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BECOMING A PROJECT MANAGER We look at the multifarious routes into the role

With routes in as varied as degrees in philosophy, political science and graphic design, as well as early jobs assisting legal arbitrators who moonlight as Las Vegas magicians and baking, the best way to get roles in project management or production is difficult to define. Sara Williams, production manager at It’s Nice That’s sister agency INT Works, describes the profession as akin to “building a stage for other people, rather than being on stage yourself,” and one that requires adaptability and drive.

Lesley Gundy, senior project manager at Moving Brands, studied philosophy with a minor in mathematics and went on to work in a law firm for two years before deciding to change course. She studied for an MA in Philosophy and Public Policy at the LSE, which led to an internship at a social enterprise and when that ended, an opportunity to gain experience as a project management intern at a small branding agency came up: “That internship turned into a permanent role, which then turned into my new career.”

Erica Garvey, senior program director at Wolff Olins New York, began her career as a baker, “specifically at a burgeoning, fun and pretty brand conscious bakery called Eleni’s in New York.” As she helped the owner with the growth of the company Erica was exposed to brand strategy, entrepreneurship, corporate identity, design and project management, and it led to her first position in visual branding. Lucia McGuinness, senior producer at Human After All, studied spatial design before getting a job as an artworker at a charity which evolved into studio management before taking a role in production. She describes her design background and education as her key asset, and something that she is constantly tapping into when running or developing projects. Although she also suggests that while such knowledge is key, it doesn’t necessarily have to be learnt in a traditional education environment.

Sylvia Calos, program director and coach at Wolff Olins New York, agrees: “if you’ve experienced it, you’re naturally less intimidated by it,” she says. “It’s advantageous to understand how the design process works, how to manage the moving parts and be a strategic communicator. You have to be able to lead, guide and be a significant voice and contributor to the process.”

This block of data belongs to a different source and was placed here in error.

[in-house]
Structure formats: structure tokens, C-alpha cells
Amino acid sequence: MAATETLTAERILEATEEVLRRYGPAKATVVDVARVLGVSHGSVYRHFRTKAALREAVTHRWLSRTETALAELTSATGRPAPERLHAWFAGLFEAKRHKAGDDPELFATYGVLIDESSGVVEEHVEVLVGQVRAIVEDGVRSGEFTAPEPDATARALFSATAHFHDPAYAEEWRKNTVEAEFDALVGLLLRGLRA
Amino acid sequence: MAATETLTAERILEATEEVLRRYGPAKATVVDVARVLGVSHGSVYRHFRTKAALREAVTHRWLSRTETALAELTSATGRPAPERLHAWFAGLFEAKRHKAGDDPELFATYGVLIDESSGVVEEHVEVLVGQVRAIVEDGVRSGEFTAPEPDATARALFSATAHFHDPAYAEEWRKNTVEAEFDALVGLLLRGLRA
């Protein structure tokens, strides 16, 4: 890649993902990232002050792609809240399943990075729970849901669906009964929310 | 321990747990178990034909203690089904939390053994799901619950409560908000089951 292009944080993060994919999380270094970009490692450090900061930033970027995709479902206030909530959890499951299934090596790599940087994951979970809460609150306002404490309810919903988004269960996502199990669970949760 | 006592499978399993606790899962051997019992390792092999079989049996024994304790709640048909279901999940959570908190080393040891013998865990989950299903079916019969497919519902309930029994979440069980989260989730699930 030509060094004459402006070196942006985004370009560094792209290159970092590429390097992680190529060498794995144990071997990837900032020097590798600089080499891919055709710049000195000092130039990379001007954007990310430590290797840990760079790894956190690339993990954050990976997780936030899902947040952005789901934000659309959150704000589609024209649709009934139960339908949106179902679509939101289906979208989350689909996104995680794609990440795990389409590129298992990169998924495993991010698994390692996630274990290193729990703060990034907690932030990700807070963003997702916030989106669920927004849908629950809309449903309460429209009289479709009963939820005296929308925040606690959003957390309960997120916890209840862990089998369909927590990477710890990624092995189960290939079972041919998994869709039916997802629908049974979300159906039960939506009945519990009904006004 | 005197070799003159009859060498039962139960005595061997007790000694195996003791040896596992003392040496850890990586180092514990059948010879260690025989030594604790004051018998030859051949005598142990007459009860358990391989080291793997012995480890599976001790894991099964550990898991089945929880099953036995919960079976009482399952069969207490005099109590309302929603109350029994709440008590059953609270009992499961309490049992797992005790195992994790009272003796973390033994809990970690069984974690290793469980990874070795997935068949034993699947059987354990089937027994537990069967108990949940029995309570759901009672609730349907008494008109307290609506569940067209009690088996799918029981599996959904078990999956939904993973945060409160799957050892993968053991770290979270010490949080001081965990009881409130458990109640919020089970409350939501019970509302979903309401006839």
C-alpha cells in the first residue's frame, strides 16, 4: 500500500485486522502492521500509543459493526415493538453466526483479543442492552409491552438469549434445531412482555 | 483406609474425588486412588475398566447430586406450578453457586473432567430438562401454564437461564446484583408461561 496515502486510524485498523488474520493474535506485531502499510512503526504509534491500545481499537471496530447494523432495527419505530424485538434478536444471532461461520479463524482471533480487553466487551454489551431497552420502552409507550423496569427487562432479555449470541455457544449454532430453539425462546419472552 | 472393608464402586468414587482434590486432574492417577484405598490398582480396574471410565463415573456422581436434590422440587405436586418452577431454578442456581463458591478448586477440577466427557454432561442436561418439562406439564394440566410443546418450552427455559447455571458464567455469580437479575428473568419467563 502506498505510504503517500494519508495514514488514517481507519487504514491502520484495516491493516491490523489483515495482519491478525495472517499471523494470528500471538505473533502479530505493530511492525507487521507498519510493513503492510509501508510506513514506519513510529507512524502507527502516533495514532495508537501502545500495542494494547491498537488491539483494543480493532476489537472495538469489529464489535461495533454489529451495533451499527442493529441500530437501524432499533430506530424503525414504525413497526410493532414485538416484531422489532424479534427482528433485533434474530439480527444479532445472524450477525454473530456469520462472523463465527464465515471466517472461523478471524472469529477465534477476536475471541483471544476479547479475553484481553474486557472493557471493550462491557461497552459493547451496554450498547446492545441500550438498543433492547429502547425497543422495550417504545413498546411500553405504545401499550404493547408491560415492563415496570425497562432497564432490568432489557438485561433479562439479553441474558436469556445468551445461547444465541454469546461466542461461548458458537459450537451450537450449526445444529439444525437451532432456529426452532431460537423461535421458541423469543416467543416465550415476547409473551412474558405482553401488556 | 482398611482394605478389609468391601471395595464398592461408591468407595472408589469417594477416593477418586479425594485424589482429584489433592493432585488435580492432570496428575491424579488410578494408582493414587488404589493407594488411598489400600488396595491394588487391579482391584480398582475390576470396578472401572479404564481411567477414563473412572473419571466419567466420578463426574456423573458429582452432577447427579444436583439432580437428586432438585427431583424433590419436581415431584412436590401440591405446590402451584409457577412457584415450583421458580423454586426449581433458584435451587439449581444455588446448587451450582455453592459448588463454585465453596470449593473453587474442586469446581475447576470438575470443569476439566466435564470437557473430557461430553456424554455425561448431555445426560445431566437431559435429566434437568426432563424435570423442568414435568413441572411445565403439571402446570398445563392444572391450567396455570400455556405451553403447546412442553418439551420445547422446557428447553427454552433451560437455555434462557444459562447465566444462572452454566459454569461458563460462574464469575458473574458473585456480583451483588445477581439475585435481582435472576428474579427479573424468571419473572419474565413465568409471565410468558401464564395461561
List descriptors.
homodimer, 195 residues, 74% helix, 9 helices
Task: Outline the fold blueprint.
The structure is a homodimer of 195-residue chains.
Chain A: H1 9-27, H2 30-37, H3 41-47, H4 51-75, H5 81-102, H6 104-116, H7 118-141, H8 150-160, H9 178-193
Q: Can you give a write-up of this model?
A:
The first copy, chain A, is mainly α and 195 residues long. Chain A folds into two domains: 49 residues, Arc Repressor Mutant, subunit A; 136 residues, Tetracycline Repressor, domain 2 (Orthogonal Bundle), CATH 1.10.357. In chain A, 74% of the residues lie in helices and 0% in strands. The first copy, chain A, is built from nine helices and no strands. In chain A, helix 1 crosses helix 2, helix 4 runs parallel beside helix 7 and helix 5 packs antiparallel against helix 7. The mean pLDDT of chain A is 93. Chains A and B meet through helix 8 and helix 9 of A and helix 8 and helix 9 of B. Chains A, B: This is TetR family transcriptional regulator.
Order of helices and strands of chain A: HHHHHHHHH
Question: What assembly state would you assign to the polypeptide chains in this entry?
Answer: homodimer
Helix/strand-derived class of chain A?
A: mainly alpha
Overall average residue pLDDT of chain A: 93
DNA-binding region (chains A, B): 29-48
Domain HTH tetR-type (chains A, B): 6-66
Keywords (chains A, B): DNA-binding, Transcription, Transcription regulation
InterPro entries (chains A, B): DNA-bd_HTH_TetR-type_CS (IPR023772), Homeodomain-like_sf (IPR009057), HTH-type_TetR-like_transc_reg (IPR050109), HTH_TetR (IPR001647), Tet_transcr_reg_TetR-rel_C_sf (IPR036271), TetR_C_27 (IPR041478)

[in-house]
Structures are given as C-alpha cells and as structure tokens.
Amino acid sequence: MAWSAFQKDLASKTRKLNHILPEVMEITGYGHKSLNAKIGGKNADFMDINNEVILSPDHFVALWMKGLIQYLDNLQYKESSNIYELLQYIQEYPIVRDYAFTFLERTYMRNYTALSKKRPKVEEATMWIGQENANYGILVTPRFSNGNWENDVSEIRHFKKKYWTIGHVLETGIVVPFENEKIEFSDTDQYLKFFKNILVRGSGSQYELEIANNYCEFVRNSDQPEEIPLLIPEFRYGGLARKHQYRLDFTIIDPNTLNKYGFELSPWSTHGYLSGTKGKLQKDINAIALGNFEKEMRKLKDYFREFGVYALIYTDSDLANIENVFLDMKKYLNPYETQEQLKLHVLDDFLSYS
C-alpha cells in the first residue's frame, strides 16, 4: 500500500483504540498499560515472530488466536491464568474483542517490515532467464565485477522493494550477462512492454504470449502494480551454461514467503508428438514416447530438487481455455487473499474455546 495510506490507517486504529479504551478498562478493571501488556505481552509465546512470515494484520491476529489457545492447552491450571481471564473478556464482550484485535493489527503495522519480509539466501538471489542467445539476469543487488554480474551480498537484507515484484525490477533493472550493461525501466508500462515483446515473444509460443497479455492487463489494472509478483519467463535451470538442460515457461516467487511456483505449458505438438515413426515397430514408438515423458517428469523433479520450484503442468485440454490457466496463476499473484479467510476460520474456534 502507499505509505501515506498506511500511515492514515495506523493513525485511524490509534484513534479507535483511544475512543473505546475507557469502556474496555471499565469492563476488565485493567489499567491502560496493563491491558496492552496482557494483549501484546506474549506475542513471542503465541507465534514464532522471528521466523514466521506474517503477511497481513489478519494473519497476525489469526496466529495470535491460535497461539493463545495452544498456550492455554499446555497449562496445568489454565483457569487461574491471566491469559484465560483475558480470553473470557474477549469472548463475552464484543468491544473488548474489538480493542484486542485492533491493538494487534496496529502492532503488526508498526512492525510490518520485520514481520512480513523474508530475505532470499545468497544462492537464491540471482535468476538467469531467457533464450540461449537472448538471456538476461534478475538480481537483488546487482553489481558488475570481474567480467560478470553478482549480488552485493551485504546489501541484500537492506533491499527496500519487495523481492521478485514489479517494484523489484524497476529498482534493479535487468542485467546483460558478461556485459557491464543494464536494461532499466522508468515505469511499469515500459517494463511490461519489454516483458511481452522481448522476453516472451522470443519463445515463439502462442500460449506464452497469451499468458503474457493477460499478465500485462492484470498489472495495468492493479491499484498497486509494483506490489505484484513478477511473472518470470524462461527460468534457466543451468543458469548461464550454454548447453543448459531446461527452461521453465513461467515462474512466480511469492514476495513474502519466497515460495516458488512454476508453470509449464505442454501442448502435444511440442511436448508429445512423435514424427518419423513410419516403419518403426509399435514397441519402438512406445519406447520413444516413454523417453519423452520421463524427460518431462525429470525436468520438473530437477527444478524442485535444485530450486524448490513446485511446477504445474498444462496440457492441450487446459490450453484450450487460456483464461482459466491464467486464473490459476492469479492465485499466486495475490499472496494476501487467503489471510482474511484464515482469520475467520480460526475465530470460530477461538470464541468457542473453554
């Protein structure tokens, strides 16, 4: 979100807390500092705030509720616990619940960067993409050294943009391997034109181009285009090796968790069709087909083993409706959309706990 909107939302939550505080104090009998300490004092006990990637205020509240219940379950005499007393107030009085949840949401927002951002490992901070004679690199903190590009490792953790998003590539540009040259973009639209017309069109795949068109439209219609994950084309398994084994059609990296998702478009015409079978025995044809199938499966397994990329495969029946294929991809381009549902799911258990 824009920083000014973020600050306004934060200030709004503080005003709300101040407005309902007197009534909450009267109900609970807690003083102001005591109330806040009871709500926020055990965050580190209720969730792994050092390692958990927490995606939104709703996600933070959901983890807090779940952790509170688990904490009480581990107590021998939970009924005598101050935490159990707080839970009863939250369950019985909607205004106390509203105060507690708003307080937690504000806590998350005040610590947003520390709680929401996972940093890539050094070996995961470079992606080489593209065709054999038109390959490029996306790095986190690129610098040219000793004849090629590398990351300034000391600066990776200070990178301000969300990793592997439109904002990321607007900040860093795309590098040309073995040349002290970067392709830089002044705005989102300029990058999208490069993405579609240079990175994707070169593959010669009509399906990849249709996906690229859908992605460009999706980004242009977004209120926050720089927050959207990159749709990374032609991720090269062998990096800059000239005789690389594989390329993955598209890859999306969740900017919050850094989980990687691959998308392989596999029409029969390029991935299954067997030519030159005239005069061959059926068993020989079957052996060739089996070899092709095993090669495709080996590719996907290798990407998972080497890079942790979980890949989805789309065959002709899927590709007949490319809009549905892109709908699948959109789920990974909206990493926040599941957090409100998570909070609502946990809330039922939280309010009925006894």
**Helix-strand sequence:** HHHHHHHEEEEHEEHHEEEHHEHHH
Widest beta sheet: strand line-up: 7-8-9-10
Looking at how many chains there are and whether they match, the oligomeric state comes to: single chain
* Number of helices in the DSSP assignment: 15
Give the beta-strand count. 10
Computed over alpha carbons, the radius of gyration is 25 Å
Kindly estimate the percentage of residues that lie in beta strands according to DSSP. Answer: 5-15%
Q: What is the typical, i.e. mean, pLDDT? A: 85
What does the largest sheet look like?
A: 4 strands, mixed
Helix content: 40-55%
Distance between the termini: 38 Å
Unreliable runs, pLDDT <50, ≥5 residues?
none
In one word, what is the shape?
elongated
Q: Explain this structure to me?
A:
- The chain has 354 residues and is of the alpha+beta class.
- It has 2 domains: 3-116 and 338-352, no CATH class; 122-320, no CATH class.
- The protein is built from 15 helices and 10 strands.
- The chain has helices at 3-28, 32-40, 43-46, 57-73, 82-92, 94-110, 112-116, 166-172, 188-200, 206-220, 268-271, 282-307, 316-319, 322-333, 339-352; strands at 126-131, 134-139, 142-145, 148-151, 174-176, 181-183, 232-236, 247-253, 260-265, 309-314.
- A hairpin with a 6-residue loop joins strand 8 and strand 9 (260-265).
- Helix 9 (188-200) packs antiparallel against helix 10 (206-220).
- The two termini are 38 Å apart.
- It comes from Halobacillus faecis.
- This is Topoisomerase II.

Lesley Gundy describes how she “never considered [herself] a creative person.” Having always appreciated “beautiful things and [having] a not-so-secret addiction to pop culture” it wasn’t until her introduction to the industry, when she was interacting with design on a daily basis that she started “paying attention to… analysing and absorbing it.” She believes that the different experiences people bring to their roles mean “[they] are able to learn from each other, that’s definitely an advantage.” Andy Tweddle, senior producer at Human After All agrees, describing how knowing very little about design starting out he had learnt through collaborations and being surrounded by people who were willing to teach and mentor him. He also highlighted the benefit of having different angles and perspectives on creative work when developing a project. Andy also pinpoints the value of “knowing both everything and nothing.” You have to understand the project at hand, have common sense and patience but also “not be afraid to ask questions or look stupid.”

In terms of a skill-set, Erica recommends excellence at multi-tasking and “the ability to think in a holistic and strategic manner.” She believes in the importance of “empathy… building and instilling trust” when client facing, and the need to be able to get along with personalities “spanning the spectrum of crazily brilliant to brilliantly crazy.” As a programme director it’s your responsibility to ensure both the client and the agency are “running towards the same target,” creating a space for “strategists and creatives to push boundaries without losing sight of the business needs.”

Sam Wilkinson, senior project manager at Moving Brands regards “being proactive instead of reactive” as key, elaborating “it’s a balance of fluidity, flexibility and keeping things on track. Try and be charming” he says. Sylvia Calos agrees: “A high level of emotional intelligence is important. You need to be able to read people, ask the right questions and keep a steady hand at all times… You need to create the space for your team to think and design in a positive yet pragmatic setting.”

As a project, programme manager or producer in a design agency creativity is key. But as Erica Garvey pinpoints, “[no] specific job title or degree is [necessarily] a signal of how creative you are. Creativity is about how you think about the world and execute in it.”